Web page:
As the population of Hispanics in the United States continues to grow, the public becomes more aware of the use of the Spanish language. Most Hispanics living in the United States have embraced both the English and Spanish dialects hence the term “Spanglish.” Spanglish is an informal term used to refer to the blending of Spanish and English commonly used by bilingual speakers. The hybrid language is characterized by the use of loan words, code-switching, code-mixing and the use of semantics (Casielle-Suarez, 151).
In light of the growing popularity of Spanglish among Hispanics in the United States, there have been debates about the use of this English and Spanish hybrid. There has been pressure from movements pushing for the purpose of English only and criticism for public figures who use Spanish to address the public. Users of Spanglish not only face criticism from English speakers but also from monolingual speakers of Spanish. The mixture of these languages has been the subject of controversy among educators who view it as a form of deterioration. The term Spanglish, however, gives the impression that all Spanish used in the USA is mixed with English, thus separating Spanish speakers in the United States with others from the rest of the world. This article, therefore, suggests the term Spanglish should not be used to describe the famous Spanish used in the US.
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However, the word Spanglish should be appropriated as a badge of pride regarding identity (Zentella, 214). Zentella argues that the term’s intention is not to denote the language as a hybrid, but to describe a way in which tongues are used. In her book, Zentella explains how Puerto Ricans in New York use both dialects and its application in conversational and communicative strategies (Zentella, 215). In her book, she particularly alluded to the code-switching applied between the two languages, which she used as the primary characterization of Spanglish. She was also keen to point out the difference between code-switching and borrowing words.
Additionally, an article by Alvarez highlights the positive aspect of using Spanglish as a source of pride for Puerto Ricans raised in Manhattan (Alvarez). The article points out the prominence of the use of Spanglish on favorite TV shows and magazines. She also suggests that Spanglish will increase in prominence as second and third generations of Americans of Hispanic descent occupy roles that are more visible in entertainment. Scholars go further to emphasize that Spanglish is not only found in one on one conversations but also in comedies, movies, songs, social media and all manners of artistic expression(Casielle-Suarez, 151).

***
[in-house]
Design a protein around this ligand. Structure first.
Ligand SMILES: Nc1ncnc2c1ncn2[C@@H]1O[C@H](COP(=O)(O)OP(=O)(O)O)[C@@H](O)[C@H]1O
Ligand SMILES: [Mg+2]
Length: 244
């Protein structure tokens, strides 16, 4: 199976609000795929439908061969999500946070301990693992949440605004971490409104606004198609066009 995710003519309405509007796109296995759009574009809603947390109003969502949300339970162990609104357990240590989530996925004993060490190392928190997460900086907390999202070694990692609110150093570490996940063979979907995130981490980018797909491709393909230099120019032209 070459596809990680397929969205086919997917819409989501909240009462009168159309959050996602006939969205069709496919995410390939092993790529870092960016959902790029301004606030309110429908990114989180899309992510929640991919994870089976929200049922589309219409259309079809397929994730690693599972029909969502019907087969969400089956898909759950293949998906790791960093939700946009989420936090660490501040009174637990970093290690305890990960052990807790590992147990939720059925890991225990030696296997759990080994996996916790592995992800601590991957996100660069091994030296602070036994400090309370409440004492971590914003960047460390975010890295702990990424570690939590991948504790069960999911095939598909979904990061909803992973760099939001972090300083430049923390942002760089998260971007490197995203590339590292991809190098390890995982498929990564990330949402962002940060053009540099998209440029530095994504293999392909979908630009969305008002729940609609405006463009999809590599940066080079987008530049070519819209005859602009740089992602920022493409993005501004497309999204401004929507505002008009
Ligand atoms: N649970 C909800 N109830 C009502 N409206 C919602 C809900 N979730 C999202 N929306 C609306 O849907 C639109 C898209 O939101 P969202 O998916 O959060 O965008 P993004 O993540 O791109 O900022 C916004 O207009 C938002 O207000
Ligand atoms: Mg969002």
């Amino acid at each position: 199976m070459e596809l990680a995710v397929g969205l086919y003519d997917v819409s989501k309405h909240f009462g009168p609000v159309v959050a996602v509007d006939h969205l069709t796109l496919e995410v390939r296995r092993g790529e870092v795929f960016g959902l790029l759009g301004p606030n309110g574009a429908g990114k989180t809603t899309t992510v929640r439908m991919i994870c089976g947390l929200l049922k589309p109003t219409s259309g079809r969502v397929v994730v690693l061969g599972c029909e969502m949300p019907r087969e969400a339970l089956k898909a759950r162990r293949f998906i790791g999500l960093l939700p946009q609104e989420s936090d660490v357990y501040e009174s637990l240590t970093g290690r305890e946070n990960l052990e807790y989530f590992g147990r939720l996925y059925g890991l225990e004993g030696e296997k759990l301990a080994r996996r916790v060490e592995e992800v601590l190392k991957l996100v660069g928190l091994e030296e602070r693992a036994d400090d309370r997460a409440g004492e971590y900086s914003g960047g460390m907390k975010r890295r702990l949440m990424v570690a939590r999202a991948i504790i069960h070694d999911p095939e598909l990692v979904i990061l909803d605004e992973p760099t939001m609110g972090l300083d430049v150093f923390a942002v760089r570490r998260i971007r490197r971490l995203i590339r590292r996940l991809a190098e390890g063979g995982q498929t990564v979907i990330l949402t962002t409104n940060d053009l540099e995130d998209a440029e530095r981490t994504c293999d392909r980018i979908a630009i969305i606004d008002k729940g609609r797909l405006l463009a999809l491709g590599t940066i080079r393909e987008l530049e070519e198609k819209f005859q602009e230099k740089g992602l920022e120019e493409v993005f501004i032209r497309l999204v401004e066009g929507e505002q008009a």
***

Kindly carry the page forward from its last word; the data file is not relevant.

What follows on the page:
However, the very term Spanglish already refers to a hybrid hence prone to ambiguity and a lot of misunderstanding. The word itself is a product of the combination of the names of two languages, and one would not be mistaken to assume that Spanglish is also a mixture of the two.
The term Spanglish mainly has negative and informal connotations when used. The word is used primarily on Latinos who rarely use Spanish for writing (Ottheguy & Stern, 86). Furthermore, when politicians, media personalities, and clergy use Spanish, it is seldom referred to as Spanglish. The authors insist that the xenophobic tendencies in American society should be an impetus for replacing the term Spanglish with a more descriptive name. In many cases what is currently called Spanglish is merely popular Spanish. As such, this understanding sheds light on the nature and use of Spanglish.
Spanglish is used as a term of derogation to describe the manner in which Latinos in the United States speak. It is also a reflection of attitudes towards Hispanic and used as a tool of alienation (Ottheguy & Stern, 97) in many social situations. It is used to describe a messy hybrid of Spanish and English that people trying to learn a new language use. Furthermore, the term is ambiguous because sometimes it is used to describe a language while other times it is used to describe a way of speaking. In some contexts, it is also used to describe the fusion of cultures.
In conclusion, the term Spanglish should be rejected because of the potential political and social reasons. The word also alienates Spanish speakers in North America from Spanish speakers from the rest of the world by presenting the illusion that they speak a different language. In the current age of globalization, the knowledge of a widely known language serves as a competitive advantage. Latinos in America stand to gain more from saying they speak Spanish rather than Spanglish. Leaders of Hispanic origins do a disservice to immigrants from Spanish-speaking countries since it is used as a term of denigration. Through the history of immigration, immigrants from Latin America have always been demeaned and looked down on. The Spanish spoken by Latin Americans was seen as inferior since it was not Castilian. The scorn on how they expressed their language played a crucial role in the prejudices that many immigrants from Latin Americans still face up to today.
- Alvarez, Lizette. “It’s the Talk of Nueva York: The Hybrid Called Spanglish.” The New York Times, The New York Times, 24 Mar. 1997.
- Casielles-Suárez, Eugenia. “Spanglish: The Hybrid Voice of Latinos in the United States.” Atlantis: Journal of the Spanish Association for Anglo-American Studies, vol. 39, no. 02, 2017, pp. 147–168.
- Otheguy, Ricardo, and Nancy Stern. “On so-Called Spanglish.” International Journal of Bilingualism, vol. 15, no. 1, 2010, pp. 85–100.
- Zentella, Ana Celia. Growing up bilingual: Puerto Rican children in New York. Blackwell, 1997.